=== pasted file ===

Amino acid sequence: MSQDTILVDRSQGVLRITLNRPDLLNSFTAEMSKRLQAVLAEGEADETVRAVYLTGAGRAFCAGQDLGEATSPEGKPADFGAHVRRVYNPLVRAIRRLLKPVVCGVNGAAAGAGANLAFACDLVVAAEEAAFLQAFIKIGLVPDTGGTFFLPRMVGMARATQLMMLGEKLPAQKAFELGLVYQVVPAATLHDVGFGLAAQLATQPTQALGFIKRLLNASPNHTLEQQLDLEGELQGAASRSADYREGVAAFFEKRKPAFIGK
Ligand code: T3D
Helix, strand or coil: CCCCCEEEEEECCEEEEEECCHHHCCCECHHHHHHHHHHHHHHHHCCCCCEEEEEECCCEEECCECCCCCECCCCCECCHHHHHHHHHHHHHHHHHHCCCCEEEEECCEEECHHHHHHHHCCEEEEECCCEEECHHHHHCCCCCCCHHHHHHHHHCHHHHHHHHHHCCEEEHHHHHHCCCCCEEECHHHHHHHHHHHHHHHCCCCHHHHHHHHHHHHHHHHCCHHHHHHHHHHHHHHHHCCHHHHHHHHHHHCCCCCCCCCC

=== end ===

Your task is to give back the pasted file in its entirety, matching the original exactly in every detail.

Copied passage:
Amino acid sequence: MSQDTILVDRSQGVLRITLNRPDLLNSFTAEMSKRLQAVLAEGEADETVRAVYLTGAGRAFCAGQDLGEATSPEGKPADFGAHVRRVYNPLVRAIRRLLKPVVCGVNGAAAGAGANLAFACDLVVAAEEAAFLQAFIKIGLVPDTGGTFFLPRMVGMARATQLMMLGEKLPAQKAFELGLVYQVVPAATLHDVGFGLAAQLATQPTQALGFIKRLLNASPNHTLEQQLDLEGELQGAASRSADYREGVAAFFEKRKPAFIGK
Ligand code: T3D
Helix, strand or coil: CCCCCEEEEEECCEEEEEECCHHHCCCECHHHHHHHHHHHHHHHHCCCCCEEEEEECCCEEECCECCCCCECCCCCECCHHHHHHHHHHHHHHHHHHCCCCEEEEECCEEECHHHHHHHHCCEEEEECCCEEECHHHHHCCCCCCCHHHHHHHHHCHHHHHHHHHHCCEEEHHHHHHCCCCCEEECHHHHHHHHHHHHHHHCCCCHHHHHHHHHHHHHHHHCCHHHHHHHHHHHHHHHHCCHHHHHHHHHHHCCCCCCCCCC